How to create a language rich environment for young children
Creating a rich language environment for growing children
Every child is different. As a parent, you’ll hear this phrase endlessly. And it’s true! Regarding speech and language skills, although most children develop effortlessly, they grow all at different rates, and some may need extra support.
The first few years of a child’s life, and the communication environment they develop in, are critical for later success in school.
When language and communication skills are lacking at an early age, children may struggle to keep up with their peers in literacy and other academic subjects throughout their primary school education.
The first 1,001 days of life
As odd as it may seem, you should talk to your beautifully growing bump as much as possible. Communication genuinely does start in the womb. Parents and carers who communicate with their unborn child at the antenatal stage can make a big difference in the way their baby is developing.
Whether you choose to sing, share your thoughts on the day or fill your unborn child in on the wonders of life on the outside, your baby is learning to differentiate the sound of your voice and the world around them.
Once your baby is born, they will begin to communicate themselves. Crying to attract attention and get exactly what they need. Parents soon learn that their baby has different crying tones for different purposes. And before long, they are experts at differentiating these cries to figure out whether their little one is hungry, uncomfortable, or in pain.
Response and reciprocation
Language is formed by a back and forth of communication, response, and reciprocation. As adults, we respond to our babies by talking to them and meeting their needs, gently introducing them to language and how it can be used.
Babies then reciprocate with eye contact, gestures, and sounds. They are communicators at a very early age, beginning to participate in conversations.
Through watching, listening, and participating, young children subconsciously learn that when adults hold conversations, they take it in turns to speak.
As babies get older, they begin to cleverly recognise this pattern of turn-taking and understand how intonation, pitch, speed, volume, and body language all play a part in how you express your thoughts and feelings.
Parent and baby
Babbu’s top tips for creating a rich language environment
Talk to your baby
Babies simply love to hear their parent's and carers' voices. When your baby hears your voice, they learn to differentiate the most important people in their life and understand the world around them. You can help by:
Ensuring your tone is always happy or soothing.
Adding more emotion to your speech.
Changing the tone of your voice - using high pitch sounds, elongating vowel sounds, or speaking more slowly to allow your baby to tune into what you are saying and give you their full attention.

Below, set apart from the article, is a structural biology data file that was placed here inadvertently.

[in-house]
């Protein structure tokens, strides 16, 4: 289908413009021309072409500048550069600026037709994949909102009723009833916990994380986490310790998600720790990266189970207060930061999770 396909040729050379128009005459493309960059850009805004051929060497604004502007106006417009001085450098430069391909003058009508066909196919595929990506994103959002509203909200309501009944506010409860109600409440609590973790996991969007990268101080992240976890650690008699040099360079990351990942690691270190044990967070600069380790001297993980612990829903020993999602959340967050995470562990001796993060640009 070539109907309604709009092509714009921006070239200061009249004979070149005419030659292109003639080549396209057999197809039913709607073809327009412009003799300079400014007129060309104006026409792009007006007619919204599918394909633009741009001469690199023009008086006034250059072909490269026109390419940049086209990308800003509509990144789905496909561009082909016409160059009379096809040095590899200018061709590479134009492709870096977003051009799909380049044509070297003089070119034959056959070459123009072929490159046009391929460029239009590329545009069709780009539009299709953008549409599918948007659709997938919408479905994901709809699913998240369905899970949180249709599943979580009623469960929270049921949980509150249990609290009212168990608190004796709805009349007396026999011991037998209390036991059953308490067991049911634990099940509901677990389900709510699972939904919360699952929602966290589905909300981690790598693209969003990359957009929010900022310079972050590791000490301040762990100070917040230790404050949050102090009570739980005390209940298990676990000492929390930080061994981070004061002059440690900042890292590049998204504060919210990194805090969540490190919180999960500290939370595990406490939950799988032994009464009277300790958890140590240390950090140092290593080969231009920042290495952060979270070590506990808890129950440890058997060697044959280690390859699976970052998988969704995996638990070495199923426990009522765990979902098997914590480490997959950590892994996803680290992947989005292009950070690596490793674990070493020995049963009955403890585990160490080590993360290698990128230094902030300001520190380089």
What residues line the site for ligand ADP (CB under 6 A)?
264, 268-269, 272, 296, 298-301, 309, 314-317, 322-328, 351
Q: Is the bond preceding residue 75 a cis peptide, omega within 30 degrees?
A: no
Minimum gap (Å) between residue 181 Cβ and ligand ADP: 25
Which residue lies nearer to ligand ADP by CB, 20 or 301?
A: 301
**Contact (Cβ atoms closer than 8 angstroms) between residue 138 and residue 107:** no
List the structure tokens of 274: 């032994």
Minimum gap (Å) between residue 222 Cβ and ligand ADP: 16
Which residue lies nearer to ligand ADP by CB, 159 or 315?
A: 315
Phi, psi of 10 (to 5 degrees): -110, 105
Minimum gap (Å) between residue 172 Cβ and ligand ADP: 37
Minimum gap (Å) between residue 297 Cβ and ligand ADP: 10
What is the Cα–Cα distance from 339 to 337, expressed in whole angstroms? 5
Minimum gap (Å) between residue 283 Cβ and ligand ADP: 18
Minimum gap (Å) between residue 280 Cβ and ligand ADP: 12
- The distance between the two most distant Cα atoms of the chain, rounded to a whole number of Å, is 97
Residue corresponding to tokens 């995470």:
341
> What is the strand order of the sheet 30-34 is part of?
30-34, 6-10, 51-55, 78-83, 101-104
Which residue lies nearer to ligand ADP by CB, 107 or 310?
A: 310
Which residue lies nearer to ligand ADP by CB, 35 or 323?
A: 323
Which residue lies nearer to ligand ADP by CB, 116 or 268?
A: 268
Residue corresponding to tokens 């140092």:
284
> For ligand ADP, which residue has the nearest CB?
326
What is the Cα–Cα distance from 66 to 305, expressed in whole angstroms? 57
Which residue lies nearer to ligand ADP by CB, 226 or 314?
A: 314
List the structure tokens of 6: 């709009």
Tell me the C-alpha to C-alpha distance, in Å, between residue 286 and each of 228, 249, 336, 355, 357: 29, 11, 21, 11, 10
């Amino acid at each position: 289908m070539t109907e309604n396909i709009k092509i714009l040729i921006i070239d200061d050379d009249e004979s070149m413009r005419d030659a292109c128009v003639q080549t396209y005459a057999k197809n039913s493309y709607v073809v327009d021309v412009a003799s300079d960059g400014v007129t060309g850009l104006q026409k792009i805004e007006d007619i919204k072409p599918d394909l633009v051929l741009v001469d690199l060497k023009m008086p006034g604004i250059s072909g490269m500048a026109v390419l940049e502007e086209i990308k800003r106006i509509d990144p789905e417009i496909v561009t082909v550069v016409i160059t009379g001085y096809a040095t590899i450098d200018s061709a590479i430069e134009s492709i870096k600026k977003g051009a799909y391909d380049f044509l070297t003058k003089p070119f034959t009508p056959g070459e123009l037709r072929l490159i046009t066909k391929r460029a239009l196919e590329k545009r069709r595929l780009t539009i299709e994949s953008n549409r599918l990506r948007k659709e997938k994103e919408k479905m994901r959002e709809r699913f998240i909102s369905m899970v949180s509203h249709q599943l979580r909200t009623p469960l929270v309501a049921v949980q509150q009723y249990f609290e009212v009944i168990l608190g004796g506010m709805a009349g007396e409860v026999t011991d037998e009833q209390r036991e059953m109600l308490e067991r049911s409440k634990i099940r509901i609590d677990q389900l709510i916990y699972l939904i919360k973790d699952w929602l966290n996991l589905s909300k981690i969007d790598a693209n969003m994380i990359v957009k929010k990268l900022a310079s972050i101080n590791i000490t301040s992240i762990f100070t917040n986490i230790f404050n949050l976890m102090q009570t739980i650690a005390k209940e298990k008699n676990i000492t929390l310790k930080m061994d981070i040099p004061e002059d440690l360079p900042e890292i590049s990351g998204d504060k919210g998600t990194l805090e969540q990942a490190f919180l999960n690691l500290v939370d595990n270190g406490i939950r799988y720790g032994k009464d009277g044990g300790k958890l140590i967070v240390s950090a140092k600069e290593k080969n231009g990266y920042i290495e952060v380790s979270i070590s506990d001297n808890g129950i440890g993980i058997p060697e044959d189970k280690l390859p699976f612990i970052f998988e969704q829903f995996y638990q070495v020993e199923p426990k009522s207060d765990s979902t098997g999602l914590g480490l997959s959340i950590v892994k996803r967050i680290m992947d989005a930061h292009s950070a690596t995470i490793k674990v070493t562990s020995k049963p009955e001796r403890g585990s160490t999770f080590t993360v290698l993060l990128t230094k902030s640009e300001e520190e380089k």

Follow their lead
Follow your baby's lead and encourage them to hold a conversation with you by repeating their vocalisations and mirroring their movements. This will help them learn the concept of turn-taking and know that you are listening to what they have to say – reinforcing that their words and sounds are important. By following their lead and encouraging your child's language, you are creating a stimulating environment for your little one. You can try:
Give your baby time to make links and respond.
Constantly giving specific praise e.g. "Wow, what lovely talking, well done" or "You have so much to say today!"
By praising your baby, no matter how small their sounds or vocalisations, you are allowing them to become confident learners.
Sing Nursery rhymes
Nursery rhymes can have a powerful influence on your baby's development; the repetition of words, sounds, and rhythm is very good for the brain.
You are teaching your child how language works and supporting the development of memory skills. Brush up on the lyrics, and you’ll find it is fun for baby and you too!
Prompt, model, and describe
Throughout the early years, parents and carers can support their baby's attempts at sounds and words through prompting and repeating, modelling, using appropriate language, providing keywords, extending the baby's contributions, and offering them back in enhanced full sentences.
As they get older, your baby will gain more control over the muscles in their mouth, tongue, throat, lips, and pharynx. The speech begins with vowel sounds, moving to babbling, gurgling, and imitating language.
You will build their vocabulary and introduce them to new words by providing your baby with key language and sounds. As your baby grows, you can try the tips below:
Describing and naming everyday objects - "This is a hairbrush, a hairbrush to brush my hair like this"
Give your baby time to explore activities, objects, and books at their own pace.
Use key language and sounds to explore and describe what your baby is doing.
Exploring descriptive sounds such as smooth, wet, cold, splat, dot, and squirt – the sillier, the better!
Providing listening opportunities with open-ended questions like: "I wonder what happens when I do this?"
Encouraging your child to talk about what they see, feel, and look like.
When your child begins to use words, it is important to try not to correct any mistakes in their words or sentences. Remember, certain vowel sounds develop later, and confidence is key to active learning. Instead of "that's not how you say it”, simply repeat what they say correctly.
Child: "Ah-dear". Adult: "Oh Dear"
Child: "Car. Want". Adult: "You want the car”. You could even extend this sentence to "You want the red car".
As cries turn into gurgles, gurgles into words, and words into sentences, you’ll experience the thrill of communicating with your child and the knowledge that you’ve been a fundamental part of this incredible process.
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